Pope Benedict XVI, A Pontificate Steeped In Humility

Monday, February 11, AD 2013

Pope Benedict XVI has taken the ultimate step in humility and has decided to resign, because he felt the duties of the Petrine Ministry were too important to continue in a diminished state. I have no doubt that this will be the wave of the future for successive popes. Our previous Holy Father, Pope John Paul II soldiered on to help the show the world that disability was no disgrace. However, Pope Benedict XVI must have felt that since that example was already shown to us, he would chart a different path.

The humility of the Holy Father was first seen when then Father Josef Ratzinger had his sister listen to his homilies and his college seminary lectures for he did not want to go over the heads of his parishioners and seminary students. The Holy Father was somewhat of a prodigy as a child. Though he liked to play soccer with the rest of the boys in Traunstein, a small town in Bavaria, he realized he would never become a great athlete, so he throw himself into his studies and into the History and workings of religion in general and Catholicism in particular.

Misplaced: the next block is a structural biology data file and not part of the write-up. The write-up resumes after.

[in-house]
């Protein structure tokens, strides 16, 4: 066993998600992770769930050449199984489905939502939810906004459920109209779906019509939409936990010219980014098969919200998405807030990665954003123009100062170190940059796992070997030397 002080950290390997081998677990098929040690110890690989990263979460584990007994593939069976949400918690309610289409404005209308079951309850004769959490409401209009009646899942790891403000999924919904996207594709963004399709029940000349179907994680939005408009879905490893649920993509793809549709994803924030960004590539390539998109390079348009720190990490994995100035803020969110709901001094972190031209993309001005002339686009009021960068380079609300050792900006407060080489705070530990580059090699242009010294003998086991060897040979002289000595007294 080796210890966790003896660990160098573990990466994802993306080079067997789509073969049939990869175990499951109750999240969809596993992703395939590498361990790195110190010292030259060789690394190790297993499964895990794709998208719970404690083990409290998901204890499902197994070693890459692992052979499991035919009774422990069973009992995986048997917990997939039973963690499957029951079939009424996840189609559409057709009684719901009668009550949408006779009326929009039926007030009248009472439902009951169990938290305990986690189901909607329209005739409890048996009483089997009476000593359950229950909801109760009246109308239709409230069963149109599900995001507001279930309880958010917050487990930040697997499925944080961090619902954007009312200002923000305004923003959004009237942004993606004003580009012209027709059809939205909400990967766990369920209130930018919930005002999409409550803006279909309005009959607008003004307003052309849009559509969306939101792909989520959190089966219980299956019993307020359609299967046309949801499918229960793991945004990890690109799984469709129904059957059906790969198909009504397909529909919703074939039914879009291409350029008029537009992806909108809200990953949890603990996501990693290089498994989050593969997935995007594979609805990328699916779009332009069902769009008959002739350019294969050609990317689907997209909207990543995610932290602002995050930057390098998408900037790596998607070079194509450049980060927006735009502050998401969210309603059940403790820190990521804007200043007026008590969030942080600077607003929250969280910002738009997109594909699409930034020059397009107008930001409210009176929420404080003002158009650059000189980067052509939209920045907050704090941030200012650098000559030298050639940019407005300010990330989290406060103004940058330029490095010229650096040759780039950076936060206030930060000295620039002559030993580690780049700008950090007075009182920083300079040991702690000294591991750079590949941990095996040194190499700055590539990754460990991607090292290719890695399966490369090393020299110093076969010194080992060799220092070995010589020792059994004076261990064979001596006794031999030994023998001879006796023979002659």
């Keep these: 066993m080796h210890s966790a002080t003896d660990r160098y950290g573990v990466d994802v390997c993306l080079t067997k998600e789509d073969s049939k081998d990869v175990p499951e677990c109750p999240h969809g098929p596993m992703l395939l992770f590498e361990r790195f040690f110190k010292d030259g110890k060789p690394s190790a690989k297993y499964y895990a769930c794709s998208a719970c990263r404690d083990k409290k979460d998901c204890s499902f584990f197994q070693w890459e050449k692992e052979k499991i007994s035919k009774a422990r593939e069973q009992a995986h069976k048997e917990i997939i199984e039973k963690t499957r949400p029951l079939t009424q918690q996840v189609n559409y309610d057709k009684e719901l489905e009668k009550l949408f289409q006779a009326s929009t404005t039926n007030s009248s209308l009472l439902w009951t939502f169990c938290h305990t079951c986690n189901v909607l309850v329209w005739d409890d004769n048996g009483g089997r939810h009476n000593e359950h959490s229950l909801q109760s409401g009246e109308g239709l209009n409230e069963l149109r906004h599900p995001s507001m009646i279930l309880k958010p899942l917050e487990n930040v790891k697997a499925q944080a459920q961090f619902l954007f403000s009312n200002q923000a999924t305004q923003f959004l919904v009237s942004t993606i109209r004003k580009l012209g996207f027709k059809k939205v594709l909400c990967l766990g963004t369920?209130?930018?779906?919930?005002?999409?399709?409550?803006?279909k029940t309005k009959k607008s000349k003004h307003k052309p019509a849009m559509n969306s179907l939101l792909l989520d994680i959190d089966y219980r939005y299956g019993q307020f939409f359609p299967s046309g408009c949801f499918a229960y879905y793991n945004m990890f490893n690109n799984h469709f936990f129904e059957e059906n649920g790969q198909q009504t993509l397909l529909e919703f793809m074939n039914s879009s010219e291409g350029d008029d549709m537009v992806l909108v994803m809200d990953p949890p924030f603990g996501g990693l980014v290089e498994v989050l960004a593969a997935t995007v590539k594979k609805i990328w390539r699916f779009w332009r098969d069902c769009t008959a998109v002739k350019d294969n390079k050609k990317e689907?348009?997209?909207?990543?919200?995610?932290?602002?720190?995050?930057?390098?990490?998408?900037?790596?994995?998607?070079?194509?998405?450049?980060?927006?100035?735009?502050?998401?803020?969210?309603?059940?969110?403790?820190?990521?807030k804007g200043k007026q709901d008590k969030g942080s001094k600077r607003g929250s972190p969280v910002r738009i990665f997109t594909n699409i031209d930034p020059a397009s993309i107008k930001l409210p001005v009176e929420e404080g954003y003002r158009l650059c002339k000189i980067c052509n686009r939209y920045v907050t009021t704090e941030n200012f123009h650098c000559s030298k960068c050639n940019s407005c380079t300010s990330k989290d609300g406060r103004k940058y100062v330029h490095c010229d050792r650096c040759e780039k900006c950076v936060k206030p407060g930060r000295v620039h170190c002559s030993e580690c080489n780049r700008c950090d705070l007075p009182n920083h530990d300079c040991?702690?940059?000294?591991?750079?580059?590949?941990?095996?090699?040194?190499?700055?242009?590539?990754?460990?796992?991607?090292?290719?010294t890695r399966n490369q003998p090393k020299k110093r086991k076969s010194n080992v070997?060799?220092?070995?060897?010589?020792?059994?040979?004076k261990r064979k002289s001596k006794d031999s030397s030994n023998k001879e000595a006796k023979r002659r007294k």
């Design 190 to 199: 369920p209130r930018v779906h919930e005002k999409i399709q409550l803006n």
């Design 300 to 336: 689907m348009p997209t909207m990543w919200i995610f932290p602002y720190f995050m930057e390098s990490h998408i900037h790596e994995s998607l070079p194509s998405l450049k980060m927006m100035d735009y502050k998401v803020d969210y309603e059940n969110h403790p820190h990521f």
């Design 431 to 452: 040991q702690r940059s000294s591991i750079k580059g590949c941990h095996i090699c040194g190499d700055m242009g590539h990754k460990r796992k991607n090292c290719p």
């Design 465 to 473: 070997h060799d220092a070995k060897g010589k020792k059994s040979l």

During the eight years of his pontificate, Pope Benedict XVI reached out to everyone, the poor, the marginalized, the wealthy and creative, those of other faiths, schismatic Catholics as well as those whose world views were totally different than his. However, the man from Bavaria never compromised on the issue of truth; he railed against the Dictatorship of Relativism and against the idea of social engineering which seems to have engulfed the Western world.

Continue reading...

3 Responses to Pope Benedict XVI, A Pontificate Steeped In Humility

  • The last pope to resign was Gregory XII in 1415, at the Council of Constance

  • Many great saints have tried their best to shun power. Francis of Assisi and Martin of Tours avoided becoming priests. Ambrose was cornered into being a bishop. Frances de Sales did everything he could think of to avoid promotion to the Archdiocese of Paris. Philip Neri set up the Oratorians with an eye to making sure that he didn’t have power over the other houses. Francis of Assisi stepped down from leadership of his order as soon as he could.

  • Pingback: POPE BENEDICT XVI TO RESIGN ON FEBRUARY 28 | Big Pulpit

Pope Resigning